Measuring the exposure of infants and children to indoor air pollution from biomass fuels in the Gambia

Dionisio, K., Howie, S., Dominici, F., Fornace, K. , Adegbola, R., Spengler, J. and Ezzati, M. (2011) Measuring the exposure of infants and children to indoor air pollution from biomass fuels in the Gambia. Epidemiology, 22(1), S117-S118. (doi: 10.1097/01.ede.0000392029.80000.89)

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Background/Aims: Smoke from biomass fuels contains multiple gaseous and particulate pollutants, and is a risk factor for pneumonia, the leading cause of child death worldwide. Few studies have assessed the exposure-response relationship for biomass smoke and pneumonia, primarily because measuring children's exposure is difficult, especially for particulate matter (PM). We report on a study which utilized multiple methods to evaluate children's exposure to PM and carbon monoxide (CO) from biomass fuels. Methods: Seventy-two hours personal CO exposure was measured for 1200 children, with 12%–15% receiving an additional 3–4 CO measurements. In the same subset of children, 72-hours integrated and continuous PM and 72-hours CO were measured in the cookhouse. Personal PM exposure was measured for 20–25 of these children. Usual personal exposure to CO is estimated using a random effects model including child- and household-level covariates. Personal exposure of children to PM is estimated using 3 different approaches, as well as a combined model: (1) combining time-location-activity budget with microenvironment PM; (2) estimating PM exposure using CO exposure combined with stationary CO-PM relationship; and (3) direct measurement of personal PM. Results: Preliminary results show a mean 72-hours CO exposure on children of 1.0 ± 1.3 ppm, with an age distribution of 0.8 ± 0.9 ppm (0–11 months) and 1.1 ± 1.5 ppm (12–59 months). Regression analysis adjusting for child's age, study site, and sex indicates a seasonal pattern for CO exposure, with significantly higher exposure in July, August, and September. Using the CO-PM relationship from a pilot study, estimated average personal PM2.5 exposure for these children would be 189 μg/m3. Conclusion: Children's exposure to PM2.5 in The Gambia is well above WHO Air Quality Guidelines. The results of multiple measurement methods can be combined to estimate children's personal PM2.5 exposure.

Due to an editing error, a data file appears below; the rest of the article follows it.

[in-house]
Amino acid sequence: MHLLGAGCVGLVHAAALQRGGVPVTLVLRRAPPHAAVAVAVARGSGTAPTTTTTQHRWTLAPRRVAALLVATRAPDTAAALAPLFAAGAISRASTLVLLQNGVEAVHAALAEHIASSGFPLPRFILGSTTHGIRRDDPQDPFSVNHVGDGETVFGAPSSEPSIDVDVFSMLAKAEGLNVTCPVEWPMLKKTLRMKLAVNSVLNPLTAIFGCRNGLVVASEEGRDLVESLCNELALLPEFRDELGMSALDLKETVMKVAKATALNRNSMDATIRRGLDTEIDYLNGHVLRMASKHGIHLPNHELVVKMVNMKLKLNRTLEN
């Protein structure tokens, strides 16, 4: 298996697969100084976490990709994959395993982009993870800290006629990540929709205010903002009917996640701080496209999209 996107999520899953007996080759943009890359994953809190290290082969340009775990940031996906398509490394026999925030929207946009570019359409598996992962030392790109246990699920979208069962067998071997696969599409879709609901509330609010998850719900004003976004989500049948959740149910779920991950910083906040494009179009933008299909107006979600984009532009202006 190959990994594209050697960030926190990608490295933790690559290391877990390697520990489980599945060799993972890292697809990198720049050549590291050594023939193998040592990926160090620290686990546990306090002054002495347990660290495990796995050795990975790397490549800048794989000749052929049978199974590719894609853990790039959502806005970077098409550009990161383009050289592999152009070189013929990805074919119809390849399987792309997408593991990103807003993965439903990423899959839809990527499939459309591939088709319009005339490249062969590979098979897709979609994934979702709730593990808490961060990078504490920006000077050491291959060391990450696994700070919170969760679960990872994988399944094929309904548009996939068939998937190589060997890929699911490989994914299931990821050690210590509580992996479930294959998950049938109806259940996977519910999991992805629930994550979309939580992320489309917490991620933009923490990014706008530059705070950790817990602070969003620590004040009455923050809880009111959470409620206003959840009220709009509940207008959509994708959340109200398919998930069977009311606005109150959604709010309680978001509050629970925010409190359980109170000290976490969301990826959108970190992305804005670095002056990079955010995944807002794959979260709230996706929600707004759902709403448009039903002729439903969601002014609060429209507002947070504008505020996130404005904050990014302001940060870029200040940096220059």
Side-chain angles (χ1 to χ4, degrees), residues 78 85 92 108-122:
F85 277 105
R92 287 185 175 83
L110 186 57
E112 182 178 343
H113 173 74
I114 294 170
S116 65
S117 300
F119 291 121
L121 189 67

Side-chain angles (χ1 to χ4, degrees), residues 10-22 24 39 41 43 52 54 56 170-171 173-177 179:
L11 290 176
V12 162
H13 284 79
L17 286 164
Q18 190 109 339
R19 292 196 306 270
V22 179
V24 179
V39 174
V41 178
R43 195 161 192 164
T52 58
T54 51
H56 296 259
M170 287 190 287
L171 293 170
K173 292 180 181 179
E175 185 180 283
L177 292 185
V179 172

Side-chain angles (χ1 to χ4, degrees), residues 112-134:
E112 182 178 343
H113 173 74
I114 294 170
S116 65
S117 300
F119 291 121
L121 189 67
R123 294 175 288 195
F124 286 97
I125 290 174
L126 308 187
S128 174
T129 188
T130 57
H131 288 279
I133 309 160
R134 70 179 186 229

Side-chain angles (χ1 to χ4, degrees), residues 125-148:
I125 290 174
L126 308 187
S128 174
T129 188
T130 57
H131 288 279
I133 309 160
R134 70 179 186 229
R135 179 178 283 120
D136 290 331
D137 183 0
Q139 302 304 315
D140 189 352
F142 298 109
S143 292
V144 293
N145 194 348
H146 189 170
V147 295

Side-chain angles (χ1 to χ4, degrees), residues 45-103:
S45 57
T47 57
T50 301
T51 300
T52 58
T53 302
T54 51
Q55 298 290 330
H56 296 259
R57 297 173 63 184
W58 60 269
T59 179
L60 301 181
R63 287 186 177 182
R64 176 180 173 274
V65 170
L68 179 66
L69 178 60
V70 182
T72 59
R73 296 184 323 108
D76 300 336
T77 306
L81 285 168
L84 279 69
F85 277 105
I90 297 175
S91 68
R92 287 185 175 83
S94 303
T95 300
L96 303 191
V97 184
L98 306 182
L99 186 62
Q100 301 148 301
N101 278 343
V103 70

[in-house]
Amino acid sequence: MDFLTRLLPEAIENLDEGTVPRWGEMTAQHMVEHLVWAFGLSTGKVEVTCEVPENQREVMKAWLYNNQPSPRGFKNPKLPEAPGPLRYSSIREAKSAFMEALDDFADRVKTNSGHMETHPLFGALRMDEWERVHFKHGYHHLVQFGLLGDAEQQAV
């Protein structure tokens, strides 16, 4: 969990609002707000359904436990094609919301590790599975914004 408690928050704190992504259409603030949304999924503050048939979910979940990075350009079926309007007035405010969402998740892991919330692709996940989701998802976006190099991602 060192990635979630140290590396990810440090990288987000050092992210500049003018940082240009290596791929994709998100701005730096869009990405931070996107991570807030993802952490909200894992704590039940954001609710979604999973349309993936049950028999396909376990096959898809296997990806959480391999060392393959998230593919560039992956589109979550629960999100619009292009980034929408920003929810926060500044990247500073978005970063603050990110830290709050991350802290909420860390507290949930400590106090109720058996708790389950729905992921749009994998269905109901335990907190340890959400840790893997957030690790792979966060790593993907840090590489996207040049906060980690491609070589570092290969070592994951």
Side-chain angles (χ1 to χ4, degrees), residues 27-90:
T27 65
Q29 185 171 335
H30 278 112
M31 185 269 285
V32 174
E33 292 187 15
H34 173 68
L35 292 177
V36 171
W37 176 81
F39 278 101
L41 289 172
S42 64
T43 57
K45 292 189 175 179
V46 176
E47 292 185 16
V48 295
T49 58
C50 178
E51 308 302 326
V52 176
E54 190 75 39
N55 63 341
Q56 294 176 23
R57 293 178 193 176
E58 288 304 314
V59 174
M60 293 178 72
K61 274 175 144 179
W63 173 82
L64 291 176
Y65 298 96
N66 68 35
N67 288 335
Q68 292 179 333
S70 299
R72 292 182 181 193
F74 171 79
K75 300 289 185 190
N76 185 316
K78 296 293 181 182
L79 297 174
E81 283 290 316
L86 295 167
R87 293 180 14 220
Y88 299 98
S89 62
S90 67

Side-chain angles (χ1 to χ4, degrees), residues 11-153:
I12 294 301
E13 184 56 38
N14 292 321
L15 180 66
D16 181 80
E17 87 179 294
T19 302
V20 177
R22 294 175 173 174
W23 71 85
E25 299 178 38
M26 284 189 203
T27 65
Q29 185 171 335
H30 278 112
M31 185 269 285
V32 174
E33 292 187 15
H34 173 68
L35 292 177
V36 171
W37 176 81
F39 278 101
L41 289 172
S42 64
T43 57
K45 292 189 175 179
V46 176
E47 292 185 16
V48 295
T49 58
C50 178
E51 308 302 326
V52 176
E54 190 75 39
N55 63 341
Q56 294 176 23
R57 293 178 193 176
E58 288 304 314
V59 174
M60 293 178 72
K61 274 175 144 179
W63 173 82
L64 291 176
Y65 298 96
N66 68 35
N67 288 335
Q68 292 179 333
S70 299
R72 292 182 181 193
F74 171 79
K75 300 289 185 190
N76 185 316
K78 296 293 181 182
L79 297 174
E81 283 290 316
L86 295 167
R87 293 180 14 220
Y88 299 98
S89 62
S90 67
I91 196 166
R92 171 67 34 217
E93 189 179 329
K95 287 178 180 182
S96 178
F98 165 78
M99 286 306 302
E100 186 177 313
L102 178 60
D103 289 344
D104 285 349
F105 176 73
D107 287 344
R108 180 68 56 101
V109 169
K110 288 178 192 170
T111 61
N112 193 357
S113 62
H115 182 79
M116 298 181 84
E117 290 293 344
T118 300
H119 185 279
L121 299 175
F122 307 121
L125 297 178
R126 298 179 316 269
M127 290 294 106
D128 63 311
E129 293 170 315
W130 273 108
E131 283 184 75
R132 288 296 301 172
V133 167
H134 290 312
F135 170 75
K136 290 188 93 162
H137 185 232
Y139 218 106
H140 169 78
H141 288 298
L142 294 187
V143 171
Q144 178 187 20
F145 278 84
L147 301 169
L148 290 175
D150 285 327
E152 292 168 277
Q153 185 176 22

Item Type:Articles
Glasgow Author(s) Enlighten ID:Fornace, Dr Kimberly
Authors: Dionisio, K., Howie, S., Dominici, F., Fornace, K., Adegbola, R., Spengler, J., and Ezzati, M.
College/School:College of Medical Veterinary and Life Sciences > School of Biodiversity, One Health & Veterinary Medicine
Journal Name:Epidemiology
Publisher:Lippincott, Williams and Wilkins
ISSN (Online):1531-5487

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